As young teenage girls, Soumaia and Samaa used to head off to the local market each morning to bring back supplies of vegetables and help prepare their family grocery store for the arrival of customers. “We used to have to get up very early and the loads we carried were heavy. Some people used to bother us on the way to the market as it was still dark and the traffic was always a worry.” But Soumaia and Samaa and their father Khaled were clients of a microfinance programme run by EACID (the Egyptian Association for Community Initiatives and Development) and they were about to negotiate a new loan. In a conversation with the EACID loan officer they realized that if they were able to increase their loan size from USD 1,000 US to USD 1,400 they would have enough cash on hand to negotiate with the wholesaler for home delivery of vegetables. Since Khaled had a good credit history with EACID, and the business was doing well, the loan officer agreed to increase the loan size. Now Soumaia and Samaa unload the donkey cart that arrives outside their shop each morning. Their work has become much easier, they are both able to spend more time on schoolwork and plan to become computer operators.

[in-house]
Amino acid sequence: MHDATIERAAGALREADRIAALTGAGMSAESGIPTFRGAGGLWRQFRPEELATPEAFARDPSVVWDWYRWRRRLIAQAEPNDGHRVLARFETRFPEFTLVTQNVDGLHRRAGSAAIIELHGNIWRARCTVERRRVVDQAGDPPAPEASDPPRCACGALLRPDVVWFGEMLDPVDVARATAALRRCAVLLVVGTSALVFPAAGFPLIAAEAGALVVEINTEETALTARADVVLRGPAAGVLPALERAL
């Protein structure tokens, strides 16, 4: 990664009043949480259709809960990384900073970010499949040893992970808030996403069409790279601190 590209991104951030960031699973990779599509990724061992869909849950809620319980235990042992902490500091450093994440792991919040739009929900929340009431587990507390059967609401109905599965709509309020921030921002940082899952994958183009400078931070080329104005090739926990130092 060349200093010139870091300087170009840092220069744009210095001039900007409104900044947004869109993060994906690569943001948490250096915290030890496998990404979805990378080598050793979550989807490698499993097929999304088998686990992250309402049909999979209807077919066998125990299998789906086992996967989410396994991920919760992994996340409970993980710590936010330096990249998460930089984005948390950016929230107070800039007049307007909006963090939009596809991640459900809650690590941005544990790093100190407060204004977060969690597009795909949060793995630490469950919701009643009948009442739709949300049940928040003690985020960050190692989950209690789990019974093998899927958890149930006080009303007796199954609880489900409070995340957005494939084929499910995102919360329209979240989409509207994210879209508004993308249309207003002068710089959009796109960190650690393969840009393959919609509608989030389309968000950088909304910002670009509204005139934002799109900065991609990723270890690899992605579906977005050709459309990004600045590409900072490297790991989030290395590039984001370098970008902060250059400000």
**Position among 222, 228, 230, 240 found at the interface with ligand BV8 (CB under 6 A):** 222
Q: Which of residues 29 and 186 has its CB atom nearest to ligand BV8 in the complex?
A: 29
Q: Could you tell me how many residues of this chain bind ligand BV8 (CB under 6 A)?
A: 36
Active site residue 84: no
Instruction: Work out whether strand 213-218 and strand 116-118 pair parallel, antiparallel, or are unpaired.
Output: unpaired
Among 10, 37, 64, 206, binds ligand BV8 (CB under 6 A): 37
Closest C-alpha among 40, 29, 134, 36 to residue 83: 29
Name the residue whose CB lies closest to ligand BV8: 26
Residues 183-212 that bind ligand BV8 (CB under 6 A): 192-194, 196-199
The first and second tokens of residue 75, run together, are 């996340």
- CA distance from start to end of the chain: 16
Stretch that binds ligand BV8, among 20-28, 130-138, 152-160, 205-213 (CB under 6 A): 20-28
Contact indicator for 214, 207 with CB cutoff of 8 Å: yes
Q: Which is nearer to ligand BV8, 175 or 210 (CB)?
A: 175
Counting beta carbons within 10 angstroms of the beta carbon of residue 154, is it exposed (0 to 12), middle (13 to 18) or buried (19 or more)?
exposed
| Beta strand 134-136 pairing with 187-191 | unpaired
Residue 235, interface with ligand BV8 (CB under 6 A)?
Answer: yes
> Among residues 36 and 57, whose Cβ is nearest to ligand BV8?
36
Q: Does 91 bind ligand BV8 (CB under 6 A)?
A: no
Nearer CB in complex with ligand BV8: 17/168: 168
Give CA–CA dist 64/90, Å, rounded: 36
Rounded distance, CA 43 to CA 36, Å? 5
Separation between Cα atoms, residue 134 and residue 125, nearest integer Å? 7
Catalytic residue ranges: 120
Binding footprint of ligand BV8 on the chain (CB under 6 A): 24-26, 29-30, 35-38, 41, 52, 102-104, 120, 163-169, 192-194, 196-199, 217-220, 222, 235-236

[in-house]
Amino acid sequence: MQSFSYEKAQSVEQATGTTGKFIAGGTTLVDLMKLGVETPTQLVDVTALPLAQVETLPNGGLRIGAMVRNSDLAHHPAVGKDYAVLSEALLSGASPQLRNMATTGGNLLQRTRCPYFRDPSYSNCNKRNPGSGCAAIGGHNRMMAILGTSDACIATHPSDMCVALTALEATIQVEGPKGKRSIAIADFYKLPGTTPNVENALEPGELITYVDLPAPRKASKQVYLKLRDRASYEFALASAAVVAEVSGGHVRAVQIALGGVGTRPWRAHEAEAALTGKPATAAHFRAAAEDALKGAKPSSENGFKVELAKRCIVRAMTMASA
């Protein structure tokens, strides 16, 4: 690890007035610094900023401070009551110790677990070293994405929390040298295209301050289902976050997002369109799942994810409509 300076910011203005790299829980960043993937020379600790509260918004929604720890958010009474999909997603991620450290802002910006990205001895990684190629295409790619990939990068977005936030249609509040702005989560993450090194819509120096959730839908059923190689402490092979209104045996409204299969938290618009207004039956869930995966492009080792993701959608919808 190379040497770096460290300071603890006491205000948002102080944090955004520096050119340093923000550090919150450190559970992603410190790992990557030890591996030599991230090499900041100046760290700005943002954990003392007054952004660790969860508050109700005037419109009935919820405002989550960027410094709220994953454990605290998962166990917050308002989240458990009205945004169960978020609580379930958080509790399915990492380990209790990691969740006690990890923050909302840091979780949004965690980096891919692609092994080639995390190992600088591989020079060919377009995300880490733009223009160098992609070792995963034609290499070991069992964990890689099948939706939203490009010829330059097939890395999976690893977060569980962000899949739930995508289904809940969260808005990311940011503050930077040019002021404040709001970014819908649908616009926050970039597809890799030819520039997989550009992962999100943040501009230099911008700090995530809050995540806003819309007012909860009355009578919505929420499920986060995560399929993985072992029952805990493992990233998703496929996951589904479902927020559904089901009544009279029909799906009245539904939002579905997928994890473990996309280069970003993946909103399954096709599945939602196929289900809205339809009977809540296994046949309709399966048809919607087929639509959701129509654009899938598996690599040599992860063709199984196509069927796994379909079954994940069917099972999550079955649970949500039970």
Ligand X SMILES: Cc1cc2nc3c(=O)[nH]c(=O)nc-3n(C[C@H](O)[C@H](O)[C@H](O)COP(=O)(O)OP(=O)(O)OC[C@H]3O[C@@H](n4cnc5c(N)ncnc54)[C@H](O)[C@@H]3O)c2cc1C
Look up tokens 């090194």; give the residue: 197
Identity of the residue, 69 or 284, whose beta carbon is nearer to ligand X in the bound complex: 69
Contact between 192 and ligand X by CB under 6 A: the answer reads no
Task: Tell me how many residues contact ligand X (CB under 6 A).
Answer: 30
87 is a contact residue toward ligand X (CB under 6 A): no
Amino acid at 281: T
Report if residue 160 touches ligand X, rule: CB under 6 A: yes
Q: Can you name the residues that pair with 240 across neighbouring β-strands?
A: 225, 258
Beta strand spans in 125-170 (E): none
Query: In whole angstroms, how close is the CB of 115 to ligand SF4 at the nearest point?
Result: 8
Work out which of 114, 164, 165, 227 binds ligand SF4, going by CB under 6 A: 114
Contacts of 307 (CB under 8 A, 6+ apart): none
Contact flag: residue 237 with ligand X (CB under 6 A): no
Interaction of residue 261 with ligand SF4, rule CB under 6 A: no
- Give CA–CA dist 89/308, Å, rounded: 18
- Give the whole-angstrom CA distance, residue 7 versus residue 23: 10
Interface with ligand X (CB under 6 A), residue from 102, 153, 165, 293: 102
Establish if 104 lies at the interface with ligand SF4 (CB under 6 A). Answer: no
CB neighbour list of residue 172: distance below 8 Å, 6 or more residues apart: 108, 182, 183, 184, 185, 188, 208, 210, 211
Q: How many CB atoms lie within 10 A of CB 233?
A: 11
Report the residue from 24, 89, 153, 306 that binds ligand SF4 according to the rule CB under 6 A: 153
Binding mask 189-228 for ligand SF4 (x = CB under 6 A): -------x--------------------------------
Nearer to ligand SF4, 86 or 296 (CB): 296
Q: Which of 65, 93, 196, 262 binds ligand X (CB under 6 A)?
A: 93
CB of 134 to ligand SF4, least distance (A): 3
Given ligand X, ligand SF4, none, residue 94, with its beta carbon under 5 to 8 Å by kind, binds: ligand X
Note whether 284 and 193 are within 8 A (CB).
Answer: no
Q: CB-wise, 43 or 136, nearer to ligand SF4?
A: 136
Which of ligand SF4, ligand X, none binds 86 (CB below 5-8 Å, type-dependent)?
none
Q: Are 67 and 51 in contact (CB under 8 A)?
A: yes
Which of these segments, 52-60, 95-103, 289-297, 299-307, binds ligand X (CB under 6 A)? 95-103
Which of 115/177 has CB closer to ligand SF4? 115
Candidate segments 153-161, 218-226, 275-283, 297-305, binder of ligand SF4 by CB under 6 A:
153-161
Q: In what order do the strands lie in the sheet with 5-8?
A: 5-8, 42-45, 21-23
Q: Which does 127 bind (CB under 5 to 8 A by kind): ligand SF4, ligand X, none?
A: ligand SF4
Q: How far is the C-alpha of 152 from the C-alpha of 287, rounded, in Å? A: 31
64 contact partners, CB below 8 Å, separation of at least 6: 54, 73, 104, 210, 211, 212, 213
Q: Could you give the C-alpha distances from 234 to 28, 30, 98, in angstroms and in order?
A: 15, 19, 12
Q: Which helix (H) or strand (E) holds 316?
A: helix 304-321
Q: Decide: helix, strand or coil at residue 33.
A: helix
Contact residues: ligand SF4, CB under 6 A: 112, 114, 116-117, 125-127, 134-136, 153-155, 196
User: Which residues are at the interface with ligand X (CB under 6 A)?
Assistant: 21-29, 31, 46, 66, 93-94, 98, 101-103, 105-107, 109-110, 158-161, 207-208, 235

EACID along with its Canadian partners PTE (Partners in Technology Exchange) and MEDA (Mennonite Economic Development Associates) have developed a series of intervention tools to improve working conditions within micro-enterprises that are part of EACID’s microfinance programme. This work has been supported by the Canadian International Development Agency (CIDA) and grew out of earlier CIDA support programmes that helped women and poor families in Upper Egypt start and sustain micro and small businesses. EACID had found that although it was able to successfully manage a loan fund, and its clients were expanding their businesses and improving family incomes, the quality of work within the businesses was not always safe or healthy. In addition, children often worked alongside adults as the family businesses grew and required additional labour. EACID was concerned about the social impact of its programmes and felt it needed to do more for its clients.